Having a horse checked out by a vet can give you some reassurance before buying.
Having a horse checked out, or "vetted", before buying is an age-old tradition in equine circles. It is a good idea, especially where you can't get to see the horse and you would like an independent set of eyes to check it over.
It's also helpful if the horse has something you are not quite sure about and need an opinion on; like a melanoma in a grey horse.
A pre-purchase examination by a vet can be reassuring to people who are risk averse, have had a bad experience with a purchase in the past, and/or where there is a lot of money involved in a purchase.
Clients often say they want everything ‘checked out’, however there are some limitations to the procedure.
It is an examination of body systems that are available to examine - for instance the legs, but not the kidneys. It is a snapshot of the horse at that moment, so things could be different in a week's time.
There are certain things like a thorough examination of the mouth that may require sedation, but this is not considered a 'normal' part of the examination.
Vets observe horses being ridden or working, but don't do this themselves, so can't offer an opinion on rideability or impulsion, for example. We consider lameness from a veterinary perspective and not a rider's perspective.
Pre-purchase exam procedure
Many years ago, the veterinary profession got together and devised a pre-purchase examination procedure, which covers the extent, process and procedure for the examination.
Nearly all vets in NZ follow the same process, designed by the NZ Equine Veterinary Association.
There are two forms of exam:
A ‘partial’ exam, comprising 2 stages. This consists of a thorough examination at rest, followed by an examination when moving at trot and lunge, including flexion tests.
A full, 5-stage exam. This adds vigorous exercise to the 2 stages of the partial, then a period of rest, followed by a trot-up once cooled out.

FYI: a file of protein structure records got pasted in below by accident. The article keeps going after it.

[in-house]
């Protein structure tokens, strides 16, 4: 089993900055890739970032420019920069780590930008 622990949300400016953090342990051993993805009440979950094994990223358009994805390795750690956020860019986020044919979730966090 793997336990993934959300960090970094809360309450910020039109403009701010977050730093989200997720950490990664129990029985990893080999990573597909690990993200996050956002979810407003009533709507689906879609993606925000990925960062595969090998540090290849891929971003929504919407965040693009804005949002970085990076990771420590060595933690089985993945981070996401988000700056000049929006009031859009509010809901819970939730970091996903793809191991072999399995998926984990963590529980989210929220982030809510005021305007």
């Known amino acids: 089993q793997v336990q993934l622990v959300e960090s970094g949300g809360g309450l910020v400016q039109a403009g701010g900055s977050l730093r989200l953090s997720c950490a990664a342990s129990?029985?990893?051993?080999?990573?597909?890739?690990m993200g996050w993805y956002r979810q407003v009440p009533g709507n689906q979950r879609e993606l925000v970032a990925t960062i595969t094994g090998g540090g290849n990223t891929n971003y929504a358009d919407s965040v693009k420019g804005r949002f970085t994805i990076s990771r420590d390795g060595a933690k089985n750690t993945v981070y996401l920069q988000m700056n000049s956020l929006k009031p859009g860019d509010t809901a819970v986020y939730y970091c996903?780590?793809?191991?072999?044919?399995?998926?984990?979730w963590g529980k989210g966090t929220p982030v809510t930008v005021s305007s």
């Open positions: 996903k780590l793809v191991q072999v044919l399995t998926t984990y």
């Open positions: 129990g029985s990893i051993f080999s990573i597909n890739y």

To avoid any confusion and second guessing as to the type of examination required, most vets get prospective purchasers to fill in a form detailing exactly what they require beforehand.
Other ancillary tests as part of the pre-purchase
There are a number of other tests conducted at the time of a pre-purchase. The most common are X-rays and an upper airway endoscopy examination.
There are also ultrasound examinations, electrocardiographic examinations, blood tests and a reproductive examination.
With regard to X-rays, the choice of what areas/joints to image is up to the purchaser, there is no standard set carried out.
We are happy to assist with suggestions on possible areas to consider based on the type of horse. For example, hocks and front fetlocks are stress joints for a jumper.
Pass or Fail
Vets don't ‘pass’ or ‘fail’ a horse at a vetting. Categorising a horse like this can unfairly label a horse as ‘unsaleable’.
What you get is an assessment of the horse with a list of issues found; some can be significant and others not.
No horse is ‘perfect’ and, like us, all come with baggage, so this needs to be considered when interpreting the results.
It is unwise to consider buying a horse on a pre-purchase examination only. Other factors like temperament, behaviours, ease of transportation, interaction with other horses, nature around traffic, ability to shoe etc are all considerations that should also go into the decision to buy.